Parks and Recreation Inspection Requirements and Checklists

 Parks and Recreation Inspection Requirements and Checklists

As mentioned in previous articles, you must be diligent as a Parks and Recreation professional. Inspections are essential. Questions you may have include “What do I need to inspect?” and “How can I make the inspection process easier?” Let's answer those and related questions, beginning with some common areas where inspections may be beneficial.


In many situations, regular playground inspections are required by law. Even when they are not, having a regular inspection schedule and documented evidence of inspections can help in legal situations. Inspections of playgrounds can also help protect the safety of children, of course. Additionally, playground equipment inspected and maintained regularly may last longer, saving money. Typically, older playground equipment requires more frequent inspection. The same is true of equipment with a lot of moving parts that could be affected by such issues as rust/weather damage.


Regular inspections of parks is essential because parks have many different elements, each of which can easily develop a variety of problems. Litter and graffiti are high on the list of things to look for during park inspections. However, parks also require you to be on the alert for a host of other issues. Among them are:

  • Paved surface damage.
  • Grass or plant overgrowth.
  • Tree damage.
  • Wood rot or infestation in wooden structures.


It goes without saying that vehicles require regular maintenance. However, in a situation where a lot of vehicles are present, it can be difficult to remember when each one was last serviced. For that reason, as well as scheduling purposes, having a set inspection schedule and related checklists is essential.

Pools and Aquatic Facilities

Those not in the Parks and Recreation field often seem to assume aquatic facilities are magically self-sufficient. However, as you probably know, they must constantly be inspected to keep them in working order. Locating issues like cracked pool linings or walkway tiles early prevents catastrophic failures or injuries from occurring. Public aquatic facilities also require inspections of safety gear, water heating equipment, filtration systems, and chemical levels.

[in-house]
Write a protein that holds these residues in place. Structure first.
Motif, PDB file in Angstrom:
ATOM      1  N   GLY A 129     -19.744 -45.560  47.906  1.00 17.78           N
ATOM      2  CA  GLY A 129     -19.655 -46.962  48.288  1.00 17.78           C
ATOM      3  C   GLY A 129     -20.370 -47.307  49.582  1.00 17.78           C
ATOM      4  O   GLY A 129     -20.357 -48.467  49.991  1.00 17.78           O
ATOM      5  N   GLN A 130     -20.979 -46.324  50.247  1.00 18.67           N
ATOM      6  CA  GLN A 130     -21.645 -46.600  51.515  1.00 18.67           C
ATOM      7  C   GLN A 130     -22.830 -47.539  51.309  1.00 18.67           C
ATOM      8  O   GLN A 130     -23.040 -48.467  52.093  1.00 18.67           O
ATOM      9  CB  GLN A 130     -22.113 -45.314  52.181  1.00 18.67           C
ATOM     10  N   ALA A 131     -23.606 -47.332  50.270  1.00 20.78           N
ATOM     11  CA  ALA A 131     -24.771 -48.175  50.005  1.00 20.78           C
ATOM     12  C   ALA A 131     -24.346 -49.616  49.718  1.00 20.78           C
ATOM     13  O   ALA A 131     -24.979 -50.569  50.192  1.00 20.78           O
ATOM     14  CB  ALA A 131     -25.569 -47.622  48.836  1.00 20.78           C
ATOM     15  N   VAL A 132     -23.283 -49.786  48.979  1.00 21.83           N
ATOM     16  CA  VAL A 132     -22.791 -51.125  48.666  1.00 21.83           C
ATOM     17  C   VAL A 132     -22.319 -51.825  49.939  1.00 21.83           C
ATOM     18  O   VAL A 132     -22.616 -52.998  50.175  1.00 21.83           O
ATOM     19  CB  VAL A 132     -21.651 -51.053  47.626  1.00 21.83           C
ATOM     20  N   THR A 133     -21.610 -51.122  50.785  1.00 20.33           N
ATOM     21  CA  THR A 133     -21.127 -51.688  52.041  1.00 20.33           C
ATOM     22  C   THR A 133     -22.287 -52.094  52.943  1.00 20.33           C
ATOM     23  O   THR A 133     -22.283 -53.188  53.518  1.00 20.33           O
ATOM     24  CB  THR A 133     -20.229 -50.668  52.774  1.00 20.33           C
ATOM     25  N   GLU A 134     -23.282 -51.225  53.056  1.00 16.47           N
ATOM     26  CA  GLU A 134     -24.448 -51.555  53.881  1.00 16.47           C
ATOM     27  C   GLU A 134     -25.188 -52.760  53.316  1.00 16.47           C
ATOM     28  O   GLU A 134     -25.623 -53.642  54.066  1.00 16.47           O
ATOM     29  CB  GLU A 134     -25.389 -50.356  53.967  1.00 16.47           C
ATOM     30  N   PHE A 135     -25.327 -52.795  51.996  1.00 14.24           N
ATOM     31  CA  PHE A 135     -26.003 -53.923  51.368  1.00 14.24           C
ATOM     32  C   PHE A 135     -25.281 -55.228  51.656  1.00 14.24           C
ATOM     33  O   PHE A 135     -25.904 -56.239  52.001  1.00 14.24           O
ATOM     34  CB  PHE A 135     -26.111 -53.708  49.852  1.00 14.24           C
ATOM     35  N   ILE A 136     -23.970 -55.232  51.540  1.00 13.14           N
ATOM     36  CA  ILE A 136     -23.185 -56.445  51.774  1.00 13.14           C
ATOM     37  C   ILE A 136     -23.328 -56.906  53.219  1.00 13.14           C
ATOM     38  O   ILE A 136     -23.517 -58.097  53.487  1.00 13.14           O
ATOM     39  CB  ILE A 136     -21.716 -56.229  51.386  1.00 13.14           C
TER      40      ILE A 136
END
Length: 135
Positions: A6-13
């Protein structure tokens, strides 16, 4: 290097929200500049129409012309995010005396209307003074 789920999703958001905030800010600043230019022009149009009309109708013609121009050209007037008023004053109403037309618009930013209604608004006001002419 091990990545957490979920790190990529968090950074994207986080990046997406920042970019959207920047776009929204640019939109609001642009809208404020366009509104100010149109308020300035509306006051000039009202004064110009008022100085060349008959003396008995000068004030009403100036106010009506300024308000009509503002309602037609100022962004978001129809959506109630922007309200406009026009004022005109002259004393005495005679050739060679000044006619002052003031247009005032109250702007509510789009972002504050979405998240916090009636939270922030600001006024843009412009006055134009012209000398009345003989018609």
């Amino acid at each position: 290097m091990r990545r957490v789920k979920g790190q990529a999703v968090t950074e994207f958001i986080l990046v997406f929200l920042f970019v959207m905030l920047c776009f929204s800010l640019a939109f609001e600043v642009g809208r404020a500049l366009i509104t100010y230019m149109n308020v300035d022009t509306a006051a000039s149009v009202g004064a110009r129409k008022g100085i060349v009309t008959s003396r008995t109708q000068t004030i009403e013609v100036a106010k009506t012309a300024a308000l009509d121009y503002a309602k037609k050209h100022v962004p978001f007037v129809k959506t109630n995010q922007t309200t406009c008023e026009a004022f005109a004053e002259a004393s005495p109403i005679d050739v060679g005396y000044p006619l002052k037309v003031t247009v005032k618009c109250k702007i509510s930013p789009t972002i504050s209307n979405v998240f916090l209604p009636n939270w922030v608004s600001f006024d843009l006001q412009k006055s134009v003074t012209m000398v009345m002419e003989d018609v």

No matter what type of Parks and Recreations facility you work at, you will always have miscellaneous equipment that needs to be inspected regularly. That could be anything from garden hoses and sprinklers to generators or circuit breakers. Keeping track of inspection times and results for all such equipment can make all the difference in terms of public safety and functionality of the space in question. When lists are maintained, no equipment is ever overlooked.

Buildings and Facilities

Buildings and facilities are particularly vulnerable to poor maintenance routines, especially since one problem can quickly become many. For example, a leaking roof can cause damage to the internal portions of a structure. Similarly, an electrical short could cause a fire. Generally, maintaining a building or facility requires a strict checklist. That checklist can help you assign tasks to staff members and record necessary data, such as what may need to be repaired.

Combining Everything You Need

Every circumstance is different, but for most Parks and Recreation work you will find you need a few key things. Those are:

  • Established Inspection Schedule
  • Established Way of Designating Workers for Specific Inspections
  • Various Checklists Relating to What Was Done or Needs to be Done

Checklists are necessary for many things in the Parks and Recreation world. They can help you establish restroom cleaning, snow removal, and lawn mowing schedules, for example. You can also use checklists in conjunction with inspection schedules to streamline maintenance processes and make the best use of staff member time.